Cultural Percussionist

Tatá Güines Day

Tata Güines (June 30, 1930 – February 4, 2008), born Federico Arístides Soto Alejo, was a Cuban percussionist on the tumbadora, or conga drum, as well as a composer. He was important in the first generation of Afro-Cuban jazz.

Güines was born in Güines, a poor town east of La Habana in the province of Havana in Cuba. He made his first drums out of milk cartons and sausages. By the 1950s he was working with such top Cuban musicians as Arsenio Rodríguez, Luciano “Chano” Pozo, Bebo Valdés and Israel “Cachao” López. In the late 1950s he formed a band with the pianist Frank Emilio Flynn, forming a new band, Quinteto Instrumental de Música Moderna, later known as Los Amigos.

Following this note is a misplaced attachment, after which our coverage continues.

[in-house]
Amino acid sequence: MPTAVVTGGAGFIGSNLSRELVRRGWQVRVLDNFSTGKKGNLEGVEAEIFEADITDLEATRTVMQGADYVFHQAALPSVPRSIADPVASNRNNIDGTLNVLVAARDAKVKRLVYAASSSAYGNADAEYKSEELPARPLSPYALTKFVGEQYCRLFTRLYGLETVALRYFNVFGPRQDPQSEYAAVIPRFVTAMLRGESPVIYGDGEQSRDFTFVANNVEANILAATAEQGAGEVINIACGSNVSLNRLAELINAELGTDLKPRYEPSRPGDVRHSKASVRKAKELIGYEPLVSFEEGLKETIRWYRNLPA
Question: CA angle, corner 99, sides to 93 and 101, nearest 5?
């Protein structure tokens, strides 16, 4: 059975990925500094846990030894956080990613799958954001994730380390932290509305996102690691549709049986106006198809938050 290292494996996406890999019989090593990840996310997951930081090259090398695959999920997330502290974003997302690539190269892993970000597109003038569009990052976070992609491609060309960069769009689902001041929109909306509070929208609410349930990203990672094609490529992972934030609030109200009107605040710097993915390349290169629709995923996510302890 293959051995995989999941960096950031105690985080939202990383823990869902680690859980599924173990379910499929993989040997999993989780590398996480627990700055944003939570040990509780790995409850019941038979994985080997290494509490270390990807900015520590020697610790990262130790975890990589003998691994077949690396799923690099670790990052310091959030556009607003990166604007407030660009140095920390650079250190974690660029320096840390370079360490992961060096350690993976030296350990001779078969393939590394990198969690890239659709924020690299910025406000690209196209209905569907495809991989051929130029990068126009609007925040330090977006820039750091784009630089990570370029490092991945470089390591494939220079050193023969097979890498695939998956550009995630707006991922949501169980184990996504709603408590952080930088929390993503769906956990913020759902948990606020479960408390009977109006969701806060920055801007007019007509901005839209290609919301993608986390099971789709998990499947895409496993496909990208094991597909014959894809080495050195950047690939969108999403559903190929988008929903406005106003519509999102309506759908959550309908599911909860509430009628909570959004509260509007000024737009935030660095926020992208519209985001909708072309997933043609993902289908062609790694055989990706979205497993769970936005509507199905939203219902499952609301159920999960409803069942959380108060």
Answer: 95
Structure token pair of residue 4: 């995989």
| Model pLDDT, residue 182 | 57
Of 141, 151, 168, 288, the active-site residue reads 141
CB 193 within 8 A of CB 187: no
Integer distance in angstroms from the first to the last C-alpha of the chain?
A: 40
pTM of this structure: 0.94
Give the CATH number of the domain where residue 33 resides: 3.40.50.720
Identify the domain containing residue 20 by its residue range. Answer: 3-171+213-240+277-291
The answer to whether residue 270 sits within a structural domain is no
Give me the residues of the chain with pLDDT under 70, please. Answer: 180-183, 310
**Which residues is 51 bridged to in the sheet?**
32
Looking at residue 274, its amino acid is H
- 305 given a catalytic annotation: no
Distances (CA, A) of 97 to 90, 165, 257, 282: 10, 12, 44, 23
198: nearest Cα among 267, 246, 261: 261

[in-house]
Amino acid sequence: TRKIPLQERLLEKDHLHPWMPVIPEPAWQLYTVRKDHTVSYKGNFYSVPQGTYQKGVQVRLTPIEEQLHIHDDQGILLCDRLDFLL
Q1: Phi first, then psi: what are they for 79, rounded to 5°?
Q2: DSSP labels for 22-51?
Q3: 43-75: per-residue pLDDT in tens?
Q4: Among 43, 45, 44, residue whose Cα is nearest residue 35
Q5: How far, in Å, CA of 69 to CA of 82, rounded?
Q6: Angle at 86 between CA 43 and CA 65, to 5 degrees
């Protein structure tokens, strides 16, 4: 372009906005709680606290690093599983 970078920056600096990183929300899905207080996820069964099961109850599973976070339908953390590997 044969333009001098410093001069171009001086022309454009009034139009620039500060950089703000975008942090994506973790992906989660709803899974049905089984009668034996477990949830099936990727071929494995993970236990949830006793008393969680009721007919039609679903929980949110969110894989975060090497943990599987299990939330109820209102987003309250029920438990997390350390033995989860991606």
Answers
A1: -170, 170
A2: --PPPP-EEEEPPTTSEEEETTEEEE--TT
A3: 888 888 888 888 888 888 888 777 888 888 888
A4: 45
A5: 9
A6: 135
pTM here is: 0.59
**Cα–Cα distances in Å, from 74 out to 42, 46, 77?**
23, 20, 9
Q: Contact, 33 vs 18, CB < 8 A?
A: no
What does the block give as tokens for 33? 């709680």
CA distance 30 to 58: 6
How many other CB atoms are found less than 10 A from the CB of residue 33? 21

Güines moved to New York City in 1957, playing there with great jazz players such as Dizzy Gillespie, Maynard Ferguson, and Miles Davis at Birdland. As a percussionist, he performed with Josephine Baker and Frank Sinatra. He returned to Cuba in 1959 after Fidel Castro came to power in the Cuban Revolution which he helped fund by contributions from his earnings as a musician.

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